Kagawa

Japanese ad campaign shows how to stop babies crying – by slurping udon noodles

These crying babies are immediately calmed by the sound of slurping, which is said to sound similar to noises heard in the womb.

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“Pop” daruma dolls so popular you’ll have to wait three years to get one

Daruma are a kind of roly-poly wishing doll in Japanese Buddhism. You draw one eye in while making a wish, and then fill in the other when your wish comes true. Given their sweet purpose and blob-like shape, traditional daruma are already pretty charming, but a woodcarving shop in Kagawa Prefecture has found a pop makeover makes them even more attractive, so much so that there is a 3-year waiting list to get one!

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Bath noodles — Do you know about this strange Japanese bathing custom?

As soon as my husband started building an iwaburo rock bath in our house, curious neighbors poked their heads in and asked, “When are we going to eat udon?” This is local parlance for: “When will the bath be finished?”

Japanese is said to be a vague language and thus difficult for foreigners to understand, but this was rather extraordinary. Why such a strange way to ask when a bath will be completed?!

This unusual pairing, I soon learned, can be traced all the way back to Shikoku, one of Japan’s four main islands, and an island famous for its udon noodles. Kagawa Prefecture, known as udonken (the udon prefecture) is particularly well-known for its delicious thick, starchy noodles. And we can thank Kagawa for a very strange custom: that of eating udon while sitting in a new bathtub!

Now, you probably want to know why they would do such a thing. And why udon? Wouldn’t beer and peanuts be more logical? Or, if you’re going to celebrate a new bathtub, why not go all out and have a pig roast in there? Our intrepid bathing reporter tells you why and oh, so much more about Japanese baths.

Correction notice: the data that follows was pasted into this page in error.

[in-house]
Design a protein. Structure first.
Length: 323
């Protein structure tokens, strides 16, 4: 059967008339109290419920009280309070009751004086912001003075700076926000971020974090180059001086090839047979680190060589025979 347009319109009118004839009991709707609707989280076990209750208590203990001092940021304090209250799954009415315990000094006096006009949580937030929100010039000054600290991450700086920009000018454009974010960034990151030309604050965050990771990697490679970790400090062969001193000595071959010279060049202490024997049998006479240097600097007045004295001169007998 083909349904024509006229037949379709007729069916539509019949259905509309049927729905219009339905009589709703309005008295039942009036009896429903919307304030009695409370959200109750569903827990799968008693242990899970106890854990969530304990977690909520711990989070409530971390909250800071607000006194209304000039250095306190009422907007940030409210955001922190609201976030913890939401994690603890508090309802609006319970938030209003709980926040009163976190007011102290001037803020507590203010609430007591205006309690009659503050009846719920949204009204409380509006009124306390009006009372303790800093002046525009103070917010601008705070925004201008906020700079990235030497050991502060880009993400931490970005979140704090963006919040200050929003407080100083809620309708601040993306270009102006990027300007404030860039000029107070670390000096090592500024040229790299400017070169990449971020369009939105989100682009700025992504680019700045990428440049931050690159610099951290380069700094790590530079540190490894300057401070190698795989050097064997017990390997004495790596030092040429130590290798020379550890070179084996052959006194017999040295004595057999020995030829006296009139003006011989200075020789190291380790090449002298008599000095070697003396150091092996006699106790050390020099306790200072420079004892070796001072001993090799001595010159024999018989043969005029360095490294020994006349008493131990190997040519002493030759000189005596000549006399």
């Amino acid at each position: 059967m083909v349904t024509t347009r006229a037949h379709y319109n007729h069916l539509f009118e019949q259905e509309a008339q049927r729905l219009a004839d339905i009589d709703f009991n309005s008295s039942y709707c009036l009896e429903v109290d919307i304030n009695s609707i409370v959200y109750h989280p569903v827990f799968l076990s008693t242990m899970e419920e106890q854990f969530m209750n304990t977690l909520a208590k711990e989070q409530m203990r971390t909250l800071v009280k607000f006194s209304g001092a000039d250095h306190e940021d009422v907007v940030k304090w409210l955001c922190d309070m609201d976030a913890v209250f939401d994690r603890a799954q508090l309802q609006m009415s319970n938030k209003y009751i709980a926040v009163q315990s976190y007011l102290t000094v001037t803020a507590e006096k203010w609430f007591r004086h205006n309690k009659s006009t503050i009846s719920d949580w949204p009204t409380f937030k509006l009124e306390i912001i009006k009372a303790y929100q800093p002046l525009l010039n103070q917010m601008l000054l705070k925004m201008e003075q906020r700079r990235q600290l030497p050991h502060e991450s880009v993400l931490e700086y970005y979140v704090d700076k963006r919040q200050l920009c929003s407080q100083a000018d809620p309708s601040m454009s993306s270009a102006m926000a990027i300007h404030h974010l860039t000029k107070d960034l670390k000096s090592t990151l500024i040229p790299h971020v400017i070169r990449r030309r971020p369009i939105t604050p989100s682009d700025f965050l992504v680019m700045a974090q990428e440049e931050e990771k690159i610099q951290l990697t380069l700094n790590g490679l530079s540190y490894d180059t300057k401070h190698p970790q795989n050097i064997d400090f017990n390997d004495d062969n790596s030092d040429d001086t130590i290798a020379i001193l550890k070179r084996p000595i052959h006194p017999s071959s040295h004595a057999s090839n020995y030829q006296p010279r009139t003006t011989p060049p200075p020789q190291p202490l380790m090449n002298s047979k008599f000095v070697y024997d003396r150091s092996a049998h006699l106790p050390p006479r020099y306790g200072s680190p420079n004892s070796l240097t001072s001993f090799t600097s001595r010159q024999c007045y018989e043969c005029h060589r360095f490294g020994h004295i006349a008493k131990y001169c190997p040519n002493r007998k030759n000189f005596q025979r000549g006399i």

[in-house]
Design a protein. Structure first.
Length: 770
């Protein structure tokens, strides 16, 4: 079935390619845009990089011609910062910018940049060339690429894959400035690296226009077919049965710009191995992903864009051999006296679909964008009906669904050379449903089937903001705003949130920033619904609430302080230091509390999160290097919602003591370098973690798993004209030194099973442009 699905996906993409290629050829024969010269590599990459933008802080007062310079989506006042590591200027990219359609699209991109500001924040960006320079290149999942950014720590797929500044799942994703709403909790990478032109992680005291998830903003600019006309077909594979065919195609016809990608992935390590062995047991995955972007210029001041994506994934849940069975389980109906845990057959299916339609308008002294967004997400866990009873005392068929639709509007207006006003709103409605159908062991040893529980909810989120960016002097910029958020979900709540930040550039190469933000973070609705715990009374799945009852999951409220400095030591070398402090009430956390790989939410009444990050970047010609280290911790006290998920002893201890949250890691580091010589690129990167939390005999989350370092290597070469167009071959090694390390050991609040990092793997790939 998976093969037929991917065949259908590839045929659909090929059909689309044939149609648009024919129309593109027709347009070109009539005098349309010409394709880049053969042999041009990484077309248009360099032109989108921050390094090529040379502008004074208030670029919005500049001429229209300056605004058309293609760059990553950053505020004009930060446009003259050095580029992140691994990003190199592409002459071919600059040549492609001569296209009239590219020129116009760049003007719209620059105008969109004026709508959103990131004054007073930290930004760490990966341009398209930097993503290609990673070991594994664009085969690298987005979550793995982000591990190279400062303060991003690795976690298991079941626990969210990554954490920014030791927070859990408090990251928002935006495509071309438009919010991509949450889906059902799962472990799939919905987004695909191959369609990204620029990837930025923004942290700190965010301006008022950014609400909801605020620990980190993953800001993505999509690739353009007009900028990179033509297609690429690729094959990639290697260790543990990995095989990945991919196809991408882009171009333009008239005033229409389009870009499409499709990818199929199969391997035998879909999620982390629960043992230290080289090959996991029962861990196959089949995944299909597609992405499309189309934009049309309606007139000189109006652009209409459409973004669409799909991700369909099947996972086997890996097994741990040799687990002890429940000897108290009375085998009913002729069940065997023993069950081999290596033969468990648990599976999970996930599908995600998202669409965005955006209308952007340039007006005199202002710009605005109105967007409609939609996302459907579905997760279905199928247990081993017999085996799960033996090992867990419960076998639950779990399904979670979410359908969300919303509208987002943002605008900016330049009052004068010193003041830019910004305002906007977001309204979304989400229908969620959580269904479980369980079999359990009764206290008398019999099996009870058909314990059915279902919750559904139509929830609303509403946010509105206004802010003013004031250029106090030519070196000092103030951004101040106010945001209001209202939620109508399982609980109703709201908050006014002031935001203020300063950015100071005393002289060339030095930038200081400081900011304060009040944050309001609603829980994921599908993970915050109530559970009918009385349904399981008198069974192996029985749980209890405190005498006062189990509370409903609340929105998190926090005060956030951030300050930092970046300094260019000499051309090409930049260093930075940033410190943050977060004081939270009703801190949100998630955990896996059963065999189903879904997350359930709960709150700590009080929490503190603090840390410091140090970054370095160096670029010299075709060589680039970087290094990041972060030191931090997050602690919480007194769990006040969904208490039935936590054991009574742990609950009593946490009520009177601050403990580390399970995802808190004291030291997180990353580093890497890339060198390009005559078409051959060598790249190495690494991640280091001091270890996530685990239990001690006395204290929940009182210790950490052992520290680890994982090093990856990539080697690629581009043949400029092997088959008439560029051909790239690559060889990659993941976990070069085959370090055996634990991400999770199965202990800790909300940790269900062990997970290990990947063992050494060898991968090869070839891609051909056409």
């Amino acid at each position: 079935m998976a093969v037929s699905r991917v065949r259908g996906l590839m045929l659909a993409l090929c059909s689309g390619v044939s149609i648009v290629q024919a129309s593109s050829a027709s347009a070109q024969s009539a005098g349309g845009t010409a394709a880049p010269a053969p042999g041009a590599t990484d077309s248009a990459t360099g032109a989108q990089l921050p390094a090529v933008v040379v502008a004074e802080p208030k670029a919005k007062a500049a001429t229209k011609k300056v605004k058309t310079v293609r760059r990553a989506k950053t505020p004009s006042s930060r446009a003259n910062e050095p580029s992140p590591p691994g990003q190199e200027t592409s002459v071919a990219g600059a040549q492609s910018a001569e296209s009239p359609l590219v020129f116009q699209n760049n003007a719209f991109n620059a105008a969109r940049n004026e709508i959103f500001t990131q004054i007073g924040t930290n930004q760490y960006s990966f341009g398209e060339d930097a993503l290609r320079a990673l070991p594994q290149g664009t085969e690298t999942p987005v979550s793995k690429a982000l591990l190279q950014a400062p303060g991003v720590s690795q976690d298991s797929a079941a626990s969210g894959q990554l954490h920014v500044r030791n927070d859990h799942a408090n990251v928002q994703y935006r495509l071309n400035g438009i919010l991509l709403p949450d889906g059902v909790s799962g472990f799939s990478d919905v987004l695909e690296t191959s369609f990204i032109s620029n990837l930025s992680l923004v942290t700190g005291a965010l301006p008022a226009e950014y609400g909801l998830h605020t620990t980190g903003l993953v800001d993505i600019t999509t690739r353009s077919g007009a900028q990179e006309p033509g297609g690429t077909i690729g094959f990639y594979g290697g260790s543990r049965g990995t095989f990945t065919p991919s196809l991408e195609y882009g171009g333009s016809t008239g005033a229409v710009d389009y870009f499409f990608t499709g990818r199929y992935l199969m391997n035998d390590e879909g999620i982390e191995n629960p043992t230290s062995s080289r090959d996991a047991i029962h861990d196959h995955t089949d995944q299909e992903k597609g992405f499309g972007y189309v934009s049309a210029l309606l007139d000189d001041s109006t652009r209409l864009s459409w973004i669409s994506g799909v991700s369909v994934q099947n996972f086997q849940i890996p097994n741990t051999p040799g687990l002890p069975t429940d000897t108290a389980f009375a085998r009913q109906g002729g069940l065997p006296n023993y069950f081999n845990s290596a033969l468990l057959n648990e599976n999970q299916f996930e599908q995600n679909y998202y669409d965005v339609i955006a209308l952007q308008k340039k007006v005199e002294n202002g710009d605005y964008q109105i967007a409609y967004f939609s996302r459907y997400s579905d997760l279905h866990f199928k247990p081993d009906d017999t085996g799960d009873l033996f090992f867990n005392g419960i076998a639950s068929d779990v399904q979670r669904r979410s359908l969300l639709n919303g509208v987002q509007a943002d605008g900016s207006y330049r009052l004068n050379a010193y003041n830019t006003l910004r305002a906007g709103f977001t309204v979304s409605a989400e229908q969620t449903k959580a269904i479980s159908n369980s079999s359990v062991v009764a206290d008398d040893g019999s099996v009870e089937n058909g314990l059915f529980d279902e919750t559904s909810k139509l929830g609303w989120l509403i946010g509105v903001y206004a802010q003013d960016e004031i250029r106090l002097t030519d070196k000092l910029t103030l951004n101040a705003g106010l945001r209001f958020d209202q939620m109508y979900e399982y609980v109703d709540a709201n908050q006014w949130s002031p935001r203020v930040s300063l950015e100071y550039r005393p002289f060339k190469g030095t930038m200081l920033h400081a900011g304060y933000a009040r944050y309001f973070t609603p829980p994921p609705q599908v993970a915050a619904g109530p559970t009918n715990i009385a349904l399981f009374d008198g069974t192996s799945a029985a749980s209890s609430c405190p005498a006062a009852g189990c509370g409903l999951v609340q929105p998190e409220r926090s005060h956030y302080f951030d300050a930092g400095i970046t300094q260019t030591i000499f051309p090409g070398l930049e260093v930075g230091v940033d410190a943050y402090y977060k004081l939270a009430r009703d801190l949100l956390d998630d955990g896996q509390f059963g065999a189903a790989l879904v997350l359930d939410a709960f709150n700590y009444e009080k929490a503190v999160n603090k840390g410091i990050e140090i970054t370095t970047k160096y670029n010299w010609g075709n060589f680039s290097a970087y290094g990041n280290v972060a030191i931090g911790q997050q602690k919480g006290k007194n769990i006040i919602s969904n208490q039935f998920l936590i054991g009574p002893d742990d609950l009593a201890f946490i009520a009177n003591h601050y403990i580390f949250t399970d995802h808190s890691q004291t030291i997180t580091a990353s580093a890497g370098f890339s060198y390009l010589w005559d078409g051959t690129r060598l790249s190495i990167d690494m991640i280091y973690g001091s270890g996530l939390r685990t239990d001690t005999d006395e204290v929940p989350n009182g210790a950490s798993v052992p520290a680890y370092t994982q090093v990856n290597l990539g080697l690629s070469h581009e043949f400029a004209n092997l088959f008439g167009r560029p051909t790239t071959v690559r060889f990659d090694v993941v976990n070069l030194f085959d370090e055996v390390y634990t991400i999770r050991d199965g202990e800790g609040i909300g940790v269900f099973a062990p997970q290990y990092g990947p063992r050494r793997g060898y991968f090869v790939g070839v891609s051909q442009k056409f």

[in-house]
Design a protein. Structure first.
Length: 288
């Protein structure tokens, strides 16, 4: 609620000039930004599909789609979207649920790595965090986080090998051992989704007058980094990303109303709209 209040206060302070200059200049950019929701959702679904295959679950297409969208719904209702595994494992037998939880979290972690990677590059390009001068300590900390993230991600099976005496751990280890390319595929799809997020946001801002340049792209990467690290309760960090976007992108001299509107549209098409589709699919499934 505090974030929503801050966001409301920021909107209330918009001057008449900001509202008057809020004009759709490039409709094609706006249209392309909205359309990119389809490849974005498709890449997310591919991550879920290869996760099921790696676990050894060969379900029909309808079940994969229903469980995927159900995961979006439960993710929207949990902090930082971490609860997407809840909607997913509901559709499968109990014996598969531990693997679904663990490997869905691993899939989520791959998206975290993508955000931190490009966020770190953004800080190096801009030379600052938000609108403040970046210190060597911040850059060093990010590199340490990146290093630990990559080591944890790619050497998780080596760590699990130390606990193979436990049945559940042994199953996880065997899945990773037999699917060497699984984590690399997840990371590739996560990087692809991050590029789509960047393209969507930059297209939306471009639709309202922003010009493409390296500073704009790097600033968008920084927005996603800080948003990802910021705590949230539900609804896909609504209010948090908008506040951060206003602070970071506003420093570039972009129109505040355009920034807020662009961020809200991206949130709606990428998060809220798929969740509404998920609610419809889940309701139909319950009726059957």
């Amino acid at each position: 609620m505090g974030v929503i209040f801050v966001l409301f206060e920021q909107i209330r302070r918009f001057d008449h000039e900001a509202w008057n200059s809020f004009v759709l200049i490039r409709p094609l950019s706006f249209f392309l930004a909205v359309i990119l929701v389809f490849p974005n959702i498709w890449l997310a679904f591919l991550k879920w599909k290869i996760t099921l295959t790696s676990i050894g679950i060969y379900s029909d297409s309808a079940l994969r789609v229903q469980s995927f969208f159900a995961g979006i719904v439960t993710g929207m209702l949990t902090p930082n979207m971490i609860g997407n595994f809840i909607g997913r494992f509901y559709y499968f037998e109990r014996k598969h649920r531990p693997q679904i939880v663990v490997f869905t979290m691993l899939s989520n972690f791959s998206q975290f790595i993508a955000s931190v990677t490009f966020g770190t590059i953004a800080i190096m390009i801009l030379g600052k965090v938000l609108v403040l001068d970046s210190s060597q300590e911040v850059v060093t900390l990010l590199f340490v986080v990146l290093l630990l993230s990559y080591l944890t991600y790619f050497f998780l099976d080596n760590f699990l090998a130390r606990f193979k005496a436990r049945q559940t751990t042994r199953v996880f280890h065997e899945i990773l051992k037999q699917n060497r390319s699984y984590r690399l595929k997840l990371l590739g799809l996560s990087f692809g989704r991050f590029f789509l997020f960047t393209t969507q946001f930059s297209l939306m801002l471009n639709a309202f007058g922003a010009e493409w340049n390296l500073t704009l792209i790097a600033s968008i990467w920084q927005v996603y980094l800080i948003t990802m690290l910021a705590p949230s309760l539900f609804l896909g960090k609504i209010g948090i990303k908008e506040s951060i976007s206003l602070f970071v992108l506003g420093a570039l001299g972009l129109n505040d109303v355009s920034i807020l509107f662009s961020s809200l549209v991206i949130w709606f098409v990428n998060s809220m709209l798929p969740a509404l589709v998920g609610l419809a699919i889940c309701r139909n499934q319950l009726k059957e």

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Kagawa’s “Udon Generator” begins pumping out the most delicious kilowatts you’ve ever tasted

Actually never mind that, tasting any wattage isn’t really recommended, despite my own preference for licking 9V batteries. Nevertheless, a power source fueled largely by Japan’s girthy noodles called udon is now currently in operation in Takamatsu City, Kagawa Prefecture.

Although generating power from bio-organic sources is nothing new, it seems this plant-based plant has found a way to be sustainable using a peculiar quirk of Kagawa’s udon rich culture.

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There might be something waiting for you at Japan’s Missing Post Office

Many countries’ postal systems have a type of “dead letter office” which handles mail that has been inappropriately addressed and could not be sent. In most cases, if the sender cannot be found the messages are destroyed in order to maintain privacy.

The Missing Post Office, on the other hand, welcomes unaddressed post cards and keeps them for eternity if need be until they end up with the rightful owner even if they aren’t alive. The unusual post office opened on the island of Awashima on 5 October and welcome all to come and read their discarded messages of humanity.

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